The Chrysotile Institute is a trade group for the asbestos industry in Canada.. In 2004, the group changed their name from the Asbestos Institute, but their mission has not changed. The non-profit organization, established in 1984, promotes the mining, application and use of a variety of asbestos called “chrysotile”. The last two chrysotile asbestos mines are in Quebec, where the founding members gathered recently to refute many scientific findings linking asbestos exposure to pleural mesothelioma and other lung diseases.
Clément Godbout, the current chairman of the Institute, has been a member of its Board of Directors since 1984. During the early 1990s, he led the Quebec Federation of Labor, a powerful worker’s union in the province. He defends his stance in favor of the asbestos industry as one that protects workers from government regulation, unproven science and concentrated efforts by activists to close the asbestos mines that employ hundreds of residents in small-town Quebec.
Mr. Godbout continues to defend the industry even in the face of opposition from a former asbestos miner. Pat Martin, a Member of Parliament from Winnipeg, Manitoba, worked in asbestos mines in his youth. Mr. Martin has been an outspoken critic of the asbestos industry and has called for both the United States and Canada to ban it mining, manufacture and application. When Mr. Martin spoke at an anti-asbestos rally, Mr. Godbout organized a press conference to rebut the claims.
Mr. Godbout is not the sole proponent of the asbestos industry in Canada. During his press conference, the mayors of the towns of Thetford Mines and Asbestos voiced their support, since asbestos mines employ many of the towns’ workers. Other industry participants from both labor and management joined in announcing their own group, the Coalition of Partners in Favor of Chrysotile Fiber.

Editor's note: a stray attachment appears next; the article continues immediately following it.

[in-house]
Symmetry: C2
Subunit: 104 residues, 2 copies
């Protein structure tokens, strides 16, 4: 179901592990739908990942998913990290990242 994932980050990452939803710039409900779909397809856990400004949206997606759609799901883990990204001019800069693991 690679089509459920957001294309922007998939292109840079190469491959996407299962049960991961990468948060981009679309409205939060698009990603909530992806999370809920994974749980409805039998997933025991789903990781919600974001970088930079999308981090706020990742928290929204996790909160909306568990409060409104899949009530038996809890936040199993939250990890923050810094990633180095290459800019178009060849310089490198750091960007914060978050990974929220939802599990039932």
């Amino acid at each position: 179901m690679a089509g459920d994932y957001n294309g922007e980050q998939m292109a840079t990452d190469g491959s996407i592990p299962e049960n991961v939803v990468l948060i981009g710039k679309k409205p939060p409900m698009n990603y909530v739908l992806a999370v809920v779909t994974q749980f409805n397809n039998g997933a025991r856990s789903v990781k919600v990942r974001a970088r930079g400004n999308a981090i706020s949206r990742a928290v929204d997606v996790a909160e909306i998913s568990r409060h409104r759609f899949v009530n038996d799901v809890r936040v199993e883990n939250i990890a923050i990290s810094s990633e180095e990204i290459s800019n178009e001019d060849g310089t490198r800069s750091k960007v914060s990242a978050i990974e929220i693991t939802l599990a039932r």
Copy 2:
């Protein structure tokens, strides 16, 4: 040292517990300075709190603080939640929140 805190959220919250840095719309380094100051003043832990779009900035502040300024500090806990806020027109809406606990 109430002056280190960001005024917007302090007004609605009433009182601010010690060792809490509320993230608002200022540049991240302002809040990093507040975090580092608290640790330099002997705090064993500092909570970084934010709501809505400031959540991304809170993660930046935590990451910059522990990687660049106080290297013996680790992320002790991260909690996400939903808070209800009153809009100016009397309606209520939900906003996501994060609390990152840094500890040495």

The new group maintains the position that the anti-industry groups use the term “asbestos” as a scare tactic. According to Mr. Godbout, these groups mistakenly lump in chrysotile fibers with other, more hazardous varieties of the mineral. The Coalition, like the Chrysotile Institute, discourages the use of the word “asbestos” to describe their product. In their opinion, chrysotile is safe to handle if workers take the proper precautions. Also, since chrysotile is the only asbestos variety native to Canada, any potential asbestos bans would only hurt workers and not serve to protect them or the general public.
The problem with Canadian asbestos, or “chrysotile”, stretches far beyond the country’s borders. Canada is also one of the leading exporters of asbestos, which goes to developing countries as insulation and fireproofing materials. According to Dr. Tushar Joshi, director of the Center for Occupational & Environmental Health at Maulana Azad Medical College in Delhi, many companies in nations like India, Bangladesh and Indonesia, do not employ the proper precautions to protect their workers.
Mr. Godbout maintained that, if Parliament were to enact a wholesale ban on asbestos, the problems in developing countries would not go away. Companies in those countries would buy the material from other sources, such as Russia, that would not be as concerned with educating workers on safe handling procedures. A recent study of Quebec business that handle asbestos showed that none were employing the procedures Mr. Godbout and his Institute recommended.
Sources: Montreal Gazette, Quebec government website